Posts Tagged ‘php’

Life and Tech – Choices, Decisions and Options

A couple of weeks ago Friday, I shared lessons from my life in technology with a team of upcoming software developers, Life in the Tech Lane, and I got a number of follow-up questions like the one below. On reading the questions, it spurred this post as the responses needed to be long form

For that matter I got a number of questions that I would like you to address that I couldn’t easily ask yesterday. These are the questions that I have:

How did you know that software delivery is your thing, amongst all the various options?

My first taste of technology related work was in my S.6 vacation at an email service firm where I helped develop UNIX training materials, setup & troubleshoot modems for email services, and my initial foray into server scripting. I worked on this through my undergraduate course, even when I worked in a civil engineering consultancy it was all software related work. I was hooked, to the problem solving, creation of digital solutions & learning that came along with the work, making my life very interesting.

Over time, I have embraced the challenges of having to develop solutions quickly, train users, support them as products evolve, which has kept me in the line of work.

I also tried management, and found out it was not for me thus came back in the trenches. However I come with a lot more value, I understand the needs of executives in a sector, can put myself in the eyes/place of a user and have a good handle on technology.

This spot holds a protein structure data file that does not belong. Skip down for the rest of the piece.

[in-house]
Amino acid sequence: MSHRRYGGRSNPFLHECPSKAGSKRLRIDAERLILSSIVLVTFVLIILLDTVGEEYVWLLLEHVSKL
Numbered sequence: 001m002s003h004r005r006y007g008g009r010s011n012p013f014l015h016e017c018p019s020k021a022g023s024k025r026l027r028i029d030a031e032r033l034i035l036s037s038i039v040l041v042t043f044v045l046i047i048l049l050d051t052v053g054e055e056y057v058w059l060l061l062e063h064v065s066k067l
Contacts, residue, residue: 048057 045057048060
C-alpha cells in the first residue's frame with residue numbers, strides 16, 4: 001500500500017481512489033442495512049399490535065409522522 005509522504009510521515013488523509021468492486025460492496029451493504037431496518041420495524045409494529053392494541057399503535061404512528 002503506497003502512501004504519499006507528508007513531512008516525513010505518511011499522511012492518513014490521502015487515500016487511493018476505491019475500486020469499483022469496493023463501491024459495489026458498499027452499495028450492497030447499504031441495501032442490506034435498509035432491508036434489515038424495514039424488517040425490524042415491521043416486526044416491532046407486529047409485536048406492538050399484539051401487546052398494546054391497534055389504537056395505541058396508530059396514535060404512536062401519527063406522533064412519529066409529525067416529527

Overall it seems like software delievery chose me, I am still engaged 20+ years later, and see a future as an older software developer/engineer by evolving myself and skillsets to maintain relevance

 Why PHP and not the other languages, I mean there is a number of new technologies and spaces being created everyday, why stick to the”old” one PHP?

I started programming in UNIX shell scripting, Turbo Pascal, Visual Basic 6 and Visual Basic for Applications (for Excel), Java 1.1 & 1.2. At the time of Java we were building enterprise web applications, however deployment was a challenge which was how one of the clients introduced us to PHP.

This is a language made for the web, with lots of libraries through PHP Classes, Stack Overflow and other sites. The frameworks, Symfony, Code Igniter, Yii simplified the process of building and maintaining custom web applications. Addoitional solutions, such as CMSes (Joomla, Xoops, WordPress) were the foundation for website development.

I used PHP for over a decade, during which I became familar with the language, quirks (that were reduced in versions 5.6 and the 7.x series), thus it became a familiar tool which I can keep using within the space for my current and future work.

I have also learnt and used Python, Ruby on Rails, Java 8 (which I use in my day job), however I find the PHP language my tool of choice to provide technology solutions as it aligns with how I solve problems. This has been made easier with the Laravel framework, which provides a great eco-system with alot of existing tools & solutions, so I can focus on business problems rather than tech and tooling.

What advice would you give me as a young profession who is in the early days of formal employment in the tech industry. I have a challenge about my career path or direction. I want and I feel more joy when doing data science/analytics work but I have failed to get the opportunity of pursuing that space and it’s for that reason that I have taken on the software development path as these are the opportunities that have been available, it’s not that I don’t enjoy it, I do but my utmost passion is data science. What advice would you give me regarding that?